What a strange and boring world it would be if men and women were identical, but thankfully, we differ in ways that complement each other. As a society, we’re striving to level the playing field in vital areas of life where our differences were once used to restrict women. In fact, it was just over a quarter century ago that a woman would have a hard time getting a credit card in her own name. If she were to divorce, it would have been difficult and sometimes impossible for her to secure loans or credit to start rebuilding her life. Luckily, times have changed…
The Importance of Legislation
Income plays a crucial role when it comes to lending decisions and is inseparably linked to women’s credit opportunities. The Equal Pay Act, ratified in 1963 abolished wage differentials based on sex that guaranteed equal pay for equal work for both men and women. It was followed in 1967 by affirmative action laws to increase the representation of women and minorities in areas of employment, education, and business from which they have been historically excluded. These laws were designed to protect men and women, with more recent laws designed to provide additional protections:
- Truth in Lending Act – http://www.fdic.gov/regulations/laws/rules/6500-1400.html
- Fair Credit Reporting Act – http://www.ftc.gov/os/statutes/fcra.htm
- Fair Credit Billing Act – http://www.ftc.gov/os/statutes/fcb/fcb.pdf
- Consumer Leasing Act – http://www.fdic.gov/regulations/laws/rules/6500-2000.html
- Fair Debt Collection Practices Act – http://www.ftc.gov/os/statutes/fdcpa/fdcpact.htm
Perhaps the most helpful for women regarding personal credit management was enacted in 1974. The Equal Credit Opportunity Act addressed discrimination in credit opportunities making it illegal to use gender, race, religion, marital status, age, nation of birth or prior residence and receiving public assistance to determine eligibility. Gone were the days when a man’s income needed to be included in a credit application, but it took some time for the new law to become common practice.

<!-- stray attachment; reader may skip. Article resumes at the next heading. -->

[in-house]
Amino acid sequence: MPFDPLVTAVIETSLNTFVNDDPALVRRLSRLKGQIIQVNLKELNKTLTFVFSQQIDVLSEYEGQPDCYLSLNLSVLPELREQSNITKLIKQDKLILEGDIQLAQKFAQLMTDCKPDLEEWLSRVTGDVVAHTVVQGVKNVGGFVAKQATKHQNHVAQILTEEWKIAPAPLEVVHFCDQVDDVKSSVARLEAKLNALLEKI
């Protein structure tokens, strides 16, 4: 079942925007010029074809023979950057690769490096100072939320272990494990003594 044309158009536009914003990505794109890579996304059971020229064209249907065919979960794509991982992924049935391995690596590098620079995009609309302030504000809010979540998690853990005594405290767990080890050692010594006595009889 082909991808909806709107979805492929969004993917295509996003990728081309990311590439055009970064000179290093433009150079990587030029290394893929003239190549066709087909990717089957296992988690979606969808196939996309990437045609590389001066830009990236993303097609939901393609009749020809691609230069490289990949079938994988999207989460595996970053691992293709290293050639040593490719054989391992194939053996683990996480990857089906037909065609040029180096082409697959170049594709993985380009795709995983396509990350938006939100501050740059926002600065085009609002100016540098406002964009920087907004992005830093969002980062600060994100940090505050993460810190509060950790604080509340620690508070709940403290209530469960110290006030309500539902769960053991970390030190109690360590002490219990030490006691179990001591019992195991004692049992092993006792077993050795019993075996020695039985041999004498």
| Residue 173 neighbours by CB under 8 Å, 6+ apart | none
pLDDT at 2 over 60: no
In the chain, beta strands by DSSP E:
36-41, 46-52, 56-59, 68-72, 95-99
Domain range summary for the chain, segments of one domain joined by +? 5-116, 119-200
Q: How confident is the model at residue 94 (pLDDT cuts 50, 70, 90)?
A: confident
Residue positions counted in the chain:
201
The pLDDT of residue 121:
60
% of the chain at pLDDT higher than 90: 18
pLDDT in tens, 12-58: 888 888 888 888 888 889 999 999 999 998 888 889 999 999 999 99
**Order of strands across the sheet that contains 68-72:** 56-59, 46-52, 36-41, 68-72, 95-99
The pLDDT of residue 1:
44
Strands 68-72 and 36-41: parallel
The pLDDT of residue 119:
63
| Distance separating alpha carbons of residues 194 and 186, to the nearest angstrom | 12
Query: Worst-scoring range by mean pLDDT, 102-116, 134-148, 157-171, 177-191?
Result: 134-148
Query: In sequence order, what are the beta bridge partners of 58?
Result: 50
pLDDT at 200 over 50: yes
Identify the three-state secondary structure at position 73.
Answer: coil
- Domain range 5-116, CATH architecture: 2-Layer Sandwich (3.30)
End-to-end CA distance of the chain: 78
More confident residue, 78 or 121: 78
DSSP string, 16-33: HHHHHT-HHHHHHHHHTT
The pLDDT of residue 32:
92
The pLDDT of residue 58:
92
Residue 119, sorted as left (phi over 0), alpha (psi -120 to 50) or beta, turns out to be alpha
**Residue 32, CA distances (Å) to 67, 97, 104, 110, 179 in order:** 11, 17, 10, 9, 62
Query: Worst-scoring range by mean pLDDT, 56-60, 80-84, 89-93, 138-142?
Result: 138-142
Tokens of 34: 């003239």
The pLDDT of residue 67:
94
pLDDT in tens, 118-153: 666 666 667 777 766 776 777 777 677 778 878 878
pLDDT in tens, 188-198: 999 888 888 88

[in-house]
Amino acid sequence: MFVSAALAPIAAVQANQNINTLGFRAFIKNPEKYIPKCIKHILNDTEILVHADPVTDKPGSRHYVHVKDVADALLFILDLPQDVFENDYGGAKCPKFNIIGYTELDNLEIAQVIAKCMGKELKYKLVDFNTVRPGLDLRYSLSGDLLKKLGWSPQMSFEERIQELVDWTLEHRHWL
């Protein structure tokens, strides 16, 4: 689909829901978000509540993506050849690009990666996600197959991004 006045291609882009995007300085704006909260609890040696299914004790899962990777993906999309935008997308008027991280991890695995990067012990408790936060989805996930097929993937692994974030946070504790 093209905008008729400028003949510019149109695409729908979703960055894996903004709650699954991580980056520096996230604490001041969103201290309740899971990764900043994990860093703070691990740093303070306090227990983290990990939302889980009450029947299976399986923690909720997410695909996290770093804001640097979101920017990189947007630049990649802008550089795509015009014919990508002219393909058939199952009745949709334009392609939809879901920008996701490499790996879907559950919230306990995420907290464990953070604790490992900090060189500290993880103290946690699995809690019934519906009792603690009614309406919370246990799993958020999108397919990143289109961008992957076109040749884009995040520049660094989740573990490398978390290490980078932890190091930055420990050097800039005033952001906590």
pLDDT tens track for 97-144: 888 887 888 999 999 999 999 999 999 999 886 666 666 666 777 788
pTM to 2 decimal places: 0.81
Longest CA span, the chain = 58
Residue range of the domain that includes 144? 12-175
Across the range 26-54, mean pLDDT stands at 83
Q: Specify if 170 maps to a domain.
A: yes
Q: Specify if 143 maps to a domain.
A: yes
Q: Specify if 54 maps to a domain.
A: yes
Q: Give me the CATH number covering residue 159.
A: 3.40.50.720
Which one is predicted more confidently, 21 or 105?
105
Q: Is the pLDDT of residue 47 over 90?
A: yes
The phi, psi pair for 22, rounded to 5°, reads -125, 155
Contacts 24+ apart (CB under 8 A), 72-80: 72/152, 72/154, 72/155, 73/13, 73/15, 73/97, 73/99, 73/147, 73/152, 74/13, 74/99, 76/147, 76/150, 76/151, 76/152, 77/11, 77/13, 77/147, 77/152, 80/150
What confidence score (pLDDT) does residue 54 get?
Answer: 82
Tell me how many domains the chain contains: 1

More and Better Opportunities
There’s no denying that the role of women has changed for the better over the years with more accessible career training and equality in education. With civil rights guaranteed, American women have the same benefits that men have enjoyed for years, including those in the area of credit and finance. With access to higher paying jobs and independence from the traditional view that a woman’s finances are directly tied to her husband’s, women can build credit histories of their own and enjoy all the benefits that come from an excellent score.
The Survey Says . . . Women Know More
Not only have women been provided with the same opportunities, but a recent survey by Experian shows that women actually know more about credit scores and have fewer delinquencies than men. The difference certainly isn’t that they handle more money because they earn 23 percent less (on average). The survey shows that women understand credit scores better than men, with knowledge about the following facts where they scored significantly higher:
- 10% – age and marital status aren’t factors in credit score calculations
- 7% – when lenders are required to disclose scores
- 6% – credit bureaus that collect the data for scores
- 5% – when scores are free
- 5% – the importance of checking credit reports
Neither group did very well when asked to define a good credit score, with only 36% of women and 29% of men giving a correct answer, but even in this area women scored quite a bit higher. One advantage that men had over women was their skepticism of credit repair agencies, with 8% more men than women recognizing their ineffectiveness.
Lesson from History
Credit opportunities available to women are the result of years of fighting and debate. The idea that the fairer sex is unable to understand this complex subject has been debunked time and again, including in Experian’s latest survey. With so many different types of financial products, women can obtain credit for their own businesses or for their families, and reliably handle the responsibility on their own. They can take out auto loans and qualify for their own mortgage, and luckily there’s nothing stopping them. Give women the credit RESPECT they deserve! You might just learn something